As we crested the cliff top the canyon plunged away below us as we pushed the nose of the plane down into a steep dive into the canyon, this built the speed, and raised the heart rate, as we were now back at proper flying speeds and able to pull out, Again Van Stennis had more exciting ideas!

We continued the dive down into the canyon below, heading for the river. A quick explanation followed. We are not allowed to fly into the Grand Canyon anymore but this section was a tributary of the canyon and not covered by the minimum floor on the flight charts, so here we were free to fly low well below the canyon walls and for all intents and purposes, we were flying through the Grand Canyon. So many bucket list items ticked off on one short space of time, we had actually flown directly over the rim, just like all those sim flights before, and were now practically flying along inside the Grand Canyon!

Colorado River from 50ft

We were not done yet either. Back home flying out of Liverpool Airport there is a hard floor of 1000 feet, wherever we fly. Only on landings do we ever sink below 1000ft, and in truth we usually fly much higher for the majority of the time. 1000ft is not very high for an aircraft, but it’s high enough to be in that other world, one where groundspeed or trees and buildings are way inconsequential. Van Stennis doesn’t fly that way.

We were now down to around 100ft, the canyon walls towering above us. As the ground got closer and closer, the 120mph flight speed suddenly became very apparent as we skimmed along the river, getting lower and lower. More precision Navigation instructions were given.

“Just follow the river until I say, I’m going to look out for burrows!”

So I was in full control as we screamed along the river at 12omph at around 50ft, while Van scoured the banks for wild horses. We didn’t find any horses but the flying was one of the most exhilarating things I have ever done! Eventually, we pulled out of the river and into another canyon where Van Stennis explained he used to have to fly loads of TNT in for mining operations, he pointed out the old airfield but there was very little trace left.

We then began climbing again as we flew back across the blue jewel of Lake Mead. We crested ridgelines and mountain tops as we made our way towards Hoover damn. We flew a few laps of the famous structure, one that seems a little small and underwhelming from the altitude we were flying.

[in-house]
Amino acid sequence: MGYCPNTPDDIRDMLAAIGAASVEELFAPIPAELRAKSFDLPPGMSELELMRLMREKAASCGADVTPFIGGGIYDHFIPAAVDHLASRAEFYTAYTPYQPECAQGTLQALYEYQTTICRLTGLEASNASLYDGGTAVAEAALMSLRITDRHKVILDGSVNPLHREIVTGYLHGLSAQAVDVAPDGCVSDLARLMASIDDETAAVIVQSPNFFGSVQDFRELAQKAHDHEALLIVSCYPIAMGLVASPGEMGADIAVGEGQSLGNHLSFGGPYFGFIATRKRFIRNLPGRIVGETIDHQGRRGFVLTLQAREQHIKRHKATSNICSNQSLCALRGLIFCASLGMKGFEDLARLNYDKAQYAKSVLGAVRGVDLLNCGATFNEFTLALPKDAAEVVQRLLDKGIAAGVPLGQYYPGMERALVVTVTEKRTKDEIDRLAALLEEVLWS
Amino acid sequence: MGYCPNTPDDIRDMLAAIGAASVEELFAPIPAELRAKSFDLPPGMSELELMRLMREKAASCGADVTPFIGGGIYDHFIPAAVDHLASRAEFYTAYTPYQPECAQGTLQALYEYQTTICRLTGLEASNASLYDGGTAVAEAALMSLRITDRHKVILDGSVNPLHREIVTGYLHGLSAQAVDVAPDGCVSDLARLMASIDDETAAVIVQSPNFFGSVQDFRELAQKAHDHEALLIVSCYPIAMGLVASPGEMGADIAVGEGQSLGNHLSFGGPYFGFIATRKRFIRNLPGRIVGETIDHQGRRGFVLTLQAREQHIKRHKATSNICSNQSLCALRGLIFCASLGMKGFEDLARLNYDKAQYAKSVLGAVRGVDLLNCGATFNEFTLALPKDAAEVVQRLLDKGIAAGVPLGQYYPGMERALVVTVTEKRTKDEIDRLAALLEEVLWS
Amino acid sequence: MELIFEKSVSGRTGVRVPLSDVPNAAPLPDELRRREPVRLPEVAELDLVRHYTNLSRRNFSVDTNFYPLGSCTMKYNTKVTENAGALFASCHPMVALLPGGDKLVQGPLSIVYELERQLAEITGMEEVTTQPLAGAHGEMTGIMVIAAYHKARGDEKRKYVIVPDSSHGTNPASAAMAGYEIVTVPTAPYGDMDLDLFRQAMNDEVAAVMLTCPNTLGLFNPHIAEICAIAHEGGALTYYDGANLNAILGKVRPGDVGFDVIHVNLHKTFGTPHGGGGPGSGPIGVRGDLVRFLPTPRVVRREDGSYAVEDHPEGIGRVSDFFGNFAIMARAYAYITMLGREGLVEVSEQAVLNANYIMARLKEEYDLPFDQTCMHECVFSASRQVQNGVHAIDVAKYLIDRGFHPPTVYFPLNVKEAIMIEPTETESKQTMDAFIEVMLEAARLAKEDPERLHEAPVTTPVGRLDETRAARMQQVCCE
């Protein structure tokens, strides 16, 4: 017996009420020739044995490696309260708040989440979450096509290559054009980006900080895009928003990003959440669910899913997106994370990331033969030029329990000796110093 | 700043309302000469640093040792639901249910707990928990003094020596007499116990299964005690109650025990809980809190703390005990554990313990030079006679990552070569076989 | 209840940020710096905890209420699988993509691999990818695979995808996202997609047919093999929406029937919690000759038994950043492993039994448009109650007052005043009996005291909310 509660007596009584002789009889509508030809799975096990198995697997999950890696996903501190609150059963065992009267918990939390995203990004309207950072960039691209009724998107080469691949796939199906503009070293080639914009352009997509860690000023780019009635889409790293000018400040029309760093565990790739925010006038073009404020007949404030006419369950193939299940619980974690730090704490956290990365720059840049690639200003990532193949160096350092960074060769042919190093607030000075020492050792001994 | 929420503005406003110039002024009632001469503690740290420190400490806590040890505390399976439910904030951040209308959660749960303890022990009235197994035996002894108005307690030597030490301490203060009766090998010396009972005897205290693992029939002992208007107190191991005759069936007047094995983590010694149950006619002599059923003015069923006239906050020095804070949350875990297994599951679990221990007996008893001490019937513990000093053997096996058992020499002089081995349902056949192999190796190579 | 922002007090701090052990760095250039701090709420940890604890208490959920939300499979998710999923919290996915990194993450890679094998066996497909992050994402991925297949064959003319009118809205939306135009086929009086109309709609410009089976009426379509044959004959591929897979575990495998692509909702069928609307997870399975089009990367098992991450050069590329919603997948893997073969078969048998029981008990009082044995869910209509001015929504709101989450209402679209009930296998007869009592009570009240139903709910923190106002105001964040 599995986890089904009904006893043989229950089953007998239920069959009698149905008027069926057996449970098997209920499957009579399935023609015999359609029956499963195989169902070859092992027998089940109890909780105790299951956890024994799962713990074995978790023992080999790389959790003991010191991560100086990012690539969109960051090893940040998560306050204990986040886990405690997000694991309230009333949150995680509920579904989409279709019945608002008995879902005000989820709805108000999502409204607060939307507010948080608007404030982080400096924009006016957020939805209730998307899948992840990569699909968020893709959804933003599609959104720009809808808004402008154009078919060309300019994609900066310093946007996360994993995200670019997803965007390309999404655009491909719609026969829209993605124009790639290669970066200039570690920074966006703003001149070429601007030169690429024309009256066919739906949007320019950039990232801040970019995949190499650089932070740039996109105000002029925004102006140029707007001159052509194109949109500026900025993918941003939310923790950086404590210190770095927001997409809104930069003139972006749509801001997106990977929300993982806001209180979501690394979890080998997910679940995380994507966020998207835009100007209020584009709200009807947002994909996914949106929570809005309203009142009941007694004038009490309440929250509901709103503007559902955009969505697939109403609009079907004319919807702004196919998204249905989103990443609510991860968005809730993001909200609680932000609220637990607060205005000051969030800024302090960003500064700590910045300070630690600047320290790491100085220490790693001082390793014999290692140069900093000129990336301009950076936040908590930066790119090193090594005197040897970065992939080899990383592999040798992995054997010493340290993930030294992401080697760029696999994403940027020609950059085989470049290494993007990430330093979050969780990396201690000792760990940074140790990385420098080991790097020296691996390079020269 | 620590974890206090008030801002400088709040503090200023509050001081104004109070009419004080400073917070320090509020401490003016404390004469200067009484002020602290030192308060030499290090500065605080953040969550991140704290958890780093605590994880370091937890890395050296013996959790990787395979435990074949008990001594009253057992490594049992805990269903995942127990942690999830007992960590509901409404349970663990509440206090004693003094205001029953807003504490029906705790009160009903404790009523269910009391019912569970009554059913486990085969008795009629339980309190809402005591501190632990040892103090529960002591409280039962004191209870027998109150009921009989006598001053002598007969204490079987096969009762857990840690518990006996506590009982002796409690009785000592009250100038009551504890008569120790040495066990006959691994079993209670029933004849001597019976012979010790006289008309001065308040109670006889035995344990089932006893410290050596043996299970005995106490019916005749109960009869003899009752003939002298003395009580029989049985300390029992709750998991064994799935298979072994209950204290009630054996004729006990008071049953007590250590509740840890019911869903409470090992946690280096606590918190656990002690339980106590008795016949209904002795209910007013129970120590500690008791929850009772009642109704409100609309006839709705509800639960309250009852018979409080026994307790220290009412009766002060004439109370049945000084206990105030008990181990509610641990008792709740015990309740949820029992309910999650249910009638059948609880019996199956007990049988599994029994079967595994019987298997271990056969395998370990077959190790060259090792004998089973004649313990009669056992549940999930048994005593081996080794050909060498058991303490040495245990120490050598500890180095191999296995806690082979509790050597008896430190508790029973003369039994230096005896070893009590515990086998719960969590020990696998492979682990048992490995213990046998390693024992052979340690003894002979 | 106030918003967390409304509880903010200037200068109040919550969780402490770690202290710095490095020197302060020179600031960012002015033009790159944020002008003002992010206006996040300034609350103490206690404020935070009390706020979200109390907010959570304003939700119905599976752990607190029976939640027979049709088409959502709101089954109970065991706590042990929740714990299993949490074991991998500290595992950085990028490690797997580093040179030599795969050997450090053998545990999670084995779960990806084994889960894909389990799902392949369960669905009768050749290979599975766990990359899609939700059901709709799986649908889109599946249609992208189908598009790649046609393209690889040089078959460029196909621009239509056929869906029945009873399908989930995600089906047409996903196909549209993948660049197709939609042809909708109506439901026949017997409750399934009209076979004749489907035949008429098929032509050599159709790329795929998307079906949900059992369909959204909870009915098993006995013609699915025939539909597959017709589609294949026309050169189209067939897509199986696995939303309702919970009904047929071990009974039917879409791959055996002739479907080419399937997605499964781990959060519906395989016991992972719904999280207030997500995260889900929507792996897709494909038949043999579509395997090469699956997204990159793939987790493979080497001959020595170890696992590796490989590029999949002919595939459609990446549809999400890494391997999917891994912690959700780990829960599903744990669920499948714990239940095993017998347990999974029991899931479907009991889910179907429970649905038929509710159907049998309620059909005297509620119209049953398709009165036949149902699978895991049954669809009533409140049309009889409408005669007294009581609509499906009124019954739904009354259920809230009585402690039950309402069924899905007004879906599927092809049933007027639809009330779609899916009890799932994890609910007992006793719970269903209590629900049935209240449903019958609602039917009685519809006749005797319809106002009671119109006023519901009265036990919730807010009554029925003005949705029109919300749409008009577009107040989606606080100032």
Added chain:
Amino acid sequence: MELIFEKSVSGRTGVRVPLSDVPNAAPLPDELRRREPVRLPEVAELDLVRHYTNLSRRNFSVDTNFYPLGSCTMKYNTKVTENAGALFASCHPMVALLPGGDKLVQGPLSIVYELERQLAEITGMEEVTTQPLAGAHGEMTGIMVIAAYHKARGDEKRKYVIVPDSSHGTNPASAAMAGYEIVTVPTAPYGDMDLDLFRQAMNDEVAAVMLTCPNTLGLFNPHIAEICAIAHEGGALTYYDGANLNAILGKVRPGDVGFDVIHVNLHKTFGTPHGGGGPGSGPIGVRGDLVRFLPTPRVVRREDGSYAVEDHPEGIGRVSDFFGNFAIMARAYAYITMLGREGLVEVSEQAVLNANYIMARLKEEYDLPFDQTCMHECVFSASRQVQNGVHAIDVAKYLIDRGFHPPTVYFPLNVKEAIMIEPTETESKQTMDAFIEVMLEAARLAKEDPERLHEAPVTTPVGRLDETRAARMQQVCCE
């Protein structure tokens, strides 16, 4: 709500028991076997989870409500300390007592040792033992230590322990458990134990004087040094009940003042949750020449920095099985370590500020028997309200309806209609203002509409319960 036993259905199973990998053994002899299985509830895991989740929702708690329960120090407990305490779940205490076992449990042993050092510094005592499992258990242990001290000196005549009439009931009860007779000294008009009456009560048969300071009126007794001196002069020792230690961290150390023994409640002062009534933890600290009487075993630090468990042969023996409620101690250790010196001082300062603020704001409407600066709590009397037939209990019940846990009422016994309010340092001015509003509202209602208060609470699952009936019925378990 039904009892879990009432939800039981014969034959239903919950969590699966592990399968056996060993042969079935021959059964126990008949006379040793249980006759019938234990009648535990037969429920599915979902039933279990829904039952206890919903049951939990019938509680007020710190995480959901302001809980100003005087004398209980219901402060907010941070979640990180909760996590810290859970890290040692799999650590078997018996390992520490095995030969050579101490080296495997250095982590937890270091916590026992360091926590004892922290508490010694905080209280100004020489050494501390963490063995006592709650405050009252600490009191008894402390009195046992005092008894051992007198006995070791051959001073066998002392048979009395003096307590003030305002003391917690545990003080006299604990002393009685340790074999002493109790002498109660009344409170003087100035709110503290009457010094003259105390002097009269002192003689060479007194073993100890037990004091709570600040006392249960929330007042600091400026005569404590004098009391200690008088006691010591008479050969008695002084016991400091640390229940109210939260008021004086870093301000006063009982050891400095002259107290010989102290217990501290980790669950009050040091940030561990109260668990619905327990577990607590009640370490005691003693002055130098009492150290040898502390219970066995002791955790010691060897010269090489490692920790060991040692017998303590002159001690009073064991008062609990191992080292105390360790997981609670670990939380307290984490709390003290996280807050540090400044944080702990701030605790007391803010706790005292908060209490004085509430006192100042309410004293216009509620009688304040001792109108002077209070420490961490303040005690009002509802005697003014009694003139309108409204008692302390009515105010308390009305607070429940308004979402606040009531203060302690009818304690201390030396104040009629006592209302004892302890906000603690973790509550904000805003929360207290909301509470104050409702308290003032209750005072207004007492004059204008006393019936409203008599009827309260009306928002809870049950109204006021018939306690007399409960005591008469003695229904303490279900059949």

Finally, we made our final turn back towards Las Vegas. Van Stennis has asked if we wanted to take a direct route back to the airport, cutting straight across the Las Vegas Strip or take a detour to look at the stunning Red Rock Canyon, as tempting as the canyon was, nothing would compare to low and slow over the strip!

Unfortunately, the restrictions on flying the strip are pretty strict. Unless you get direct clearance from McCarran Tower it is a no-go. The chances of this were unlikely, with endless helicopter traffic and the commercials flying in and out of McCarran. but if you don’t ask, you don’t get so Van got on the radio and requested a transit.

When they called back giving us the clearance we were over the moon and we soared along just to the west of the strip with stunning views of the strips hotels below us. A magical end to an incredible experience. All that was left was to put her back down on the tarmac and log the flight, one entry in my logbook I will NEVER forget!

Want to try this for yourself?

As we said this is a pretty Niche article and one experience not really geared to tourists, anyone with a PPL should really give it a try, even if you are still in training as the complex parts were all covered by our excellent instructor, I just performed the basic maneuvers while Van took care of navigating and Radio, and assisted or took over when things were tricky!

But as we said you don’t have to be a pilot to rent a plane and an instructor. The company offers pleasure flights and the whole experience of flying in a light aircraft is like nothing you have experienced before. It is exhilarating and breathtaking, and you get to see the whole area like never before. On this trip to California and Vegas we saw blue whales, drove the PCH, hiked in Yosemite, and lived it up in Vegas, nothing we did came even close to this flight, it really is the sort of thing people do not even dream they can do!